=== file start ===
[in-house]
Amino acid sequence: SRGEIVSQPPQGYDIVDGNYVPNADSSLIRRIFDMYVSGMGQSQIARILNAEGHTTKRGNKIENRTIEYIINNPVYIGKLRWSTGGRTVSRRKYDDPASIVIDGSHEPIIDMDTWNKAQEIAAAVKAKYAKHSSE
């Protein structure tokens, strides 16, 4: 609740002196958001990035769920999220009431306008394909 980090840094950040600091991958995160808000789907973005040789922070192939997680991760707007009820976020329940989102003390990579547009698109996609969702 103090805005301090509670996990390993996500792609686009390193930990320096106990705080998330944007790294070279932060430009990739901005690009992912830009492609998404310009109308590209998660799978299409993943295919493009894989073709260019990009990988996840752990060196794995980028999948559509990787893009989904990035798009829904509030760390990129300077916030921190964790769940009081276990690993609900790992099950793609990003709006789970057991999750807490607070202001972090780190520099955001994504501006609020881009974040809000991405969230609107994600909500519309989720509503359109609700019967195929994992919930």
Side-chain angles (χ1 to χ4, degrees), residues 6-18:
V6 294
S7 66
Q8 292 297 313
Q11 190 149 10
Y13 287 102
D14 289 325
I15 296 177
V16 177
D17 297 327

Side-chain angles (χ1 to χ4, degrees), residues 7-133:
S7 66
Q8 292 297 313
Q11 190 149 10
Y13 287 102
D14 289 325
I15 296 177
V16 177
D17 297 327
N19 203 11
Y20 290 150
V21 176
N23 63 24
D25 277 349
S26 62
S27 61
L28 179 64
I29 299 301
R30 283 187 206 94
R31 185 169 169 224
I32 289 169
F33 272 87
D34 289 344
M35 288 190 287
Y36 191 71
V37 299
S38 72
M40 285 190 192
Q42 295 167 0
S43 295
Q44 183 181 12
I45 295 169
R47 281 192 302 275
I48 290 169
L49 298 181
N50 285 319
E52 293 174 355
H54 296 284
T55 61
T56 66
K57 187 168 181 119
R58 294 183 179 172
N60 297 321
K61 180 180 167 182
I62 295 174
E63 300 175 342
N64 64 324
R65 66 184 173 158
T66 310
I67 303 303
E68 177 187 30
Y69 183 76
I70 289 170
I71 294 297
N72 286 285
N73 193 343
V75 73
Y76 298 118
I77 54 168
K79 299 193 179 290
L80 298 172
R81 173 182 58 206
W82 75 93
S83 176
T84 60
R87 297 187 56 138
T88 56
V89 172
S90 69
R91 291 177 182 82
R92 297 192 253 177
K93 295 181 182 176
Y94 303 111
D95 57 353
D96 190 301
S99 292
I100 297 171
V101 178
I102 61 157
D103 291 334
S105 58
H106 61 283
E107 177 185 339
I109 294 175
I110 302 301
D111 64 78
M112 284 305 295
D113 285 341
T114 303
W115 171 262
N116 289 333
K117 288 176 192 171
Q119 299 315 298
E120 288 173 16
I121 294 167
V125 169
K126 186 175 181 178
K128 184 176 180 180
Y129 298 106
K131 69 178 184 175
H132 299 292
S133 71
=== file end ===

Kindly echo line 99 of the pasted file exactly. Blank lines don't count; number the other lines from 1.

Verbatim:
D111 64 78